PhD thesis summary
Non-technical summary of my PhD dissertation
For two of my dissertation chapters I am particularly interested in how the incentive effects of IP change when different inventions are not independent, but complementary:
The economic literature on IP has yet to catch up on this, however: compared to the well-developed literature on the effects of IP protection of traditional "discrete" inventions, the analysis of IP and "complex products" is still in its infancy.
The first chapter of my PhD dissertation contributes to the literature on the decision to patent as well as the measurement of innovation by using patent data. It is generally acknowledged today by far that not every innovation is patented, but the decision to patent is considered to be a purely discrete decision: an innovation is either patented or not, there is no "extent" or scope of patenting. If a firm has made the decision to patent an innovation, it is therefore assumed that this results in the whole innovation being patented, and thereby disclosed to the public.
At the same time, innovation scholars have acknowledged for at least two decades now that the nature of innovation is changing. An innovative product today is often not the result of a single, solitary invention, but rather the combination of multiple inventions. The research behind these inventions is often independent, and therefore the results can be independently patented. In order to introduce a new product to the market, though, a firm needs to combine these separate inventions. Such multi-component products are often labelled a "complex" product, and the underlying innovation activities are complementary in that they obtain (most of) their value from being combined with other innovations. This kind of complementary inventive activity is particularly evident in consumer technology sectors like computers and smartphones, but more and more lower-tech industries are characterised by this as well.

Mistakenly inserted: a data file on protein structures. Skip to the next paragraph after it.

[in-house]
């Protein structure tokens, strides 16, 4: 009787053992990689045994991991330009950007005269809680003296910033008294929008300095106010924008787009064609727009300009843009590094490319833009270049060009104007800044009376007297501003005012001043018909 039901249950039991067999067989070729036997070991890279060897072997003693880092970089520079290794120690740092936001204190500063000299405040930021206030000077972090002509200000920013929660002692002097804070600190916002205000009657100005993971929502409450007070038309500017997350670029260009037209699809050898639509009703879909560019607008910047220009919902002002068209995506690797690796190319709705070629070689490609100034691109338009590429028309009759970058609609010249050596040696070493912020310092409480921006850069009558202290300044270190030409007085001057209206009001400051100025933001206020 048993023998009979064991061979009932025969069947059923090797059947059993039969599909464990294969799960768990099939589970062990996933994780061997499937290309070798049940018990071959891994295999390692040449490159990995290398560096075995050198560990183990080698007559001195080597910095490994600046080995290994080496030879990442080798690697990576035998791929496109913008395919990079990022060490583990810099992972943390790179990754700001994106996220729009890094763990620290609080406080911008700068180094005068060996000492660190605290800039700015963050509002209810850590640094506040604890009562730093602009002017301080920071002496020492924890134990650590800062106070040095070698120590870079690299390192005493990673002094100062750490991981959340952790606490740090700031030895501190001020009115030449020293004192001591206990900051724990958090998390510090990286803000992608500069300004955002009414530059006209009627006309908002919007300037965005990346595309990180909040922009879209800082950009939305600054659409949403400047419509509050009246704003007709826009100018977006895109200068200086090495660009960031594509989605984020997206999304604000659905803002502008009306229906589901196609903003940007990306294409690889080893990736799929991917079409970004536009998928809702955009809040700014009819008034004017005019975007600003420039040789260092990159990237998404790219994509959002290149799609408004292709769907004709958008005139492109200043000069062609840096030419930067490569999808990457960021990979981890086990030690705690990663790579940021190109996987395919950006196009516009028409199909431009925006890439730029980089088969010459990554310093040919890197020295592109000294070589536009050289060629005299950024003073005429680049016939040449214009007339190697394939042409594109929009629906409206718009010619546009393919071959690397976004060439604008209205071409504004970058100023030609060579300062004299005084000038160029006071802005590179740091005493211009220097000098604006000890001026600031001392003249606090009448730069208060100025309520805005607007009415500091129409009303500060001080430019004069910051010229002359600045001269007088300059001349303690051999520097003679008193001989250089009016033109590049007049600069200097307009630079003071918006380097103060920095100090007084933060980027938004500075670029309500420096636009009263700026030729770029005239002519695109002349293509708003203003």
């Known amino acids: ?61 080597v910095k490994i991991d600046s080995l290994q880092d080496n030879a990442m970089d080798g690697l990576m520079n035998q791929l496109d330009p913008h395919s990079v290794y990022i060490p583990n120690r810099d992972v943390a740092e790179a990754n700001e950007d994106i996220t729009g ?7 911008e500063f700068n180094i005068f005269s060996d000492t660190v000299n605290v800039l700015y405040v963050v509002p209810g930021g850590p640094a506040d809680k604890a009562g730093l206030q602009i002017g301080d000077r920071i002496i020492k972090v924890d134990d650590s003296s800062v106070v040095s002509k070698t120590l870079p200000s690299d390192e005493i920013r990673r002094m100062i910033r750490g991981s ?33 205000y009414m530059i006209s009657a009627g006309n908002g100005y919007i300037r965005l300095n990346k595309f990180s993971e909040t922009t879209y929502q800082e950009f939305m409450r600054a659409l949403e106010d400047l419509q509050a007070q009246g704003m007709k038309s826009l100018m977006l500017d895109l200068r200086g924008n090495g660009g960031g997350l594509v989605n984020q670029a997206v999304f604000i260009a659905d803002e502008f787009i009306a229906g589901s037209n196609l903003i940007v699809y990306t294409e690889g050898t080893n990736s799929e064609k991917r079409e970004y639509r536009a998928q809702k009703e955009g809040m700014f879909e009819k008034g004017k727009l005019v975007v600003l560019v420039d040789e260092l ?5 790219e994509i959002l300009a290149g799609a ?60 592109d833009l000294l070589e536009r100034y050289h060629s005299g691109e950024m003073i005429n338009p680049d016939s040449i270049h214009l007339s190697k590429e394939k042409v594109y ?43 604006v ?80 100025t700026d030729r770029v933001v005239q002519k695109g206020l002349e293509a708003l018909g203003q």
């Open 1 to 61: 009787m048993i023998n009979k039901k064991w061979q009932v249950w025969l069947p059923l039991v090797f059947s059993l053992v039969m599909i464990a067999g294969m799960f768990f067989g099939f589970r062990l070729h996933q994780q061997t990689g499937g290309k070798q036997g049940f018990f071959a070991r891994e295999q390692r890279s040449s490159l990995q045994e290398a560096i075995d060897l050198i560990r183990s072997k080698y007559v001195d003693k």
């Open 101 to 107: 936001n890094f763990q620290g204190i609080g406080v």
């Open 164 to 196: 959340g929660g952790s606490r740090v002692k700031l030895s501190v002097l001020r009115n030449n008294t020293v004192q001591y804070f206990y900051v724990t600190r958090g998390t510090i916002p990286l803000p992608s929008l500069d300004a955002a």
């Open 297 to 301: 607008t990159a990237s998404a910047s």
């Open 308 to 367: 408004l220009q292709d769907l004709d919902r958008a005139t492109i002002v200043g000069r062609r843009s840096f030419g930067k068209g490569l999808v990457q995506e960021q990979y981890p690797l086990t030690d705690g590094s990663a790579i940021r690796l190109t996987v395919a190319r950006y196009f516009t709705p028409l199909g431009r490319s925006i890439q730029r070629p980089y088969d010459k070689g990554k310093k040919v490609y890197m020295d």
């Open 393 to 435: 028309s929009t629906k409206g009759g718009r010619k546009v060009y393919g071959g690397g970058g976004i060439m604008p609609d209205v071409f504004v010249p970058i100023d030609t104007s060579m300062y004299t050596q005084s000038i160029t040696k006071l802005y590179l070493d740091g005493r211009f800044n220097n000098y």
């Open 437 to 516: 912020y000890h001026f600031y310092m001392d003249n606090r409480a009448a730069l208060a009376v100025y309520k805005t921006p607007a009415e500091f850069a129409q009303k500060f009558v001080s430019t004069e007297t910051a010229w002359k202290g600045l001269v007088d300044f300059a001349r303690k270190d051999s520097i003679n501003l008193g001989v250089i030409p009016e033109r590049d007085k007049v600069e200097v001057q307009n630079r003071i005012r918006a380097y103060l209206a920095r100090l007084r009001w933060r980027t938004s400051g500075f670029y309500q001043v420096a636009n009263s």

This dissertation chapter combines these two ideas: innovations consist of more than a single patentable invention, and each invention can be patented, but does not have to be. It thereby provides evidence of an "internal margin" of the patenting decision.
To do this, I require the following two main ingredients: patenting firms need to be induced to change the extent to which they patent, and we need a measure of the inventive content of patents. For the latter, I resort (mainly) to the number of "independent claims". Inventions are described in a patent in two important sections: the "description", which is aimed to explain "from engineer to engineer" how the invention technically works, and the "claims", which are legally binding definitions of what precisely is protected by the patent. If someone files a court suit for patent infringement, the court determines whether the patent is indeed infringed by comparing the alleged infringer's product against the claims of the patent. Furthermore, claims are examined (by the patent office at time of application) and considered (by the court when determining possible patent infringement) one-by-one. Infringing on claim 1 says nothing about whether claim 2 is infringed as well; in this respect the claims are entirely independent. There are further distinctions to be made between independent and dependent claims, which I distinguish from each other, and go into more detail about in the paper.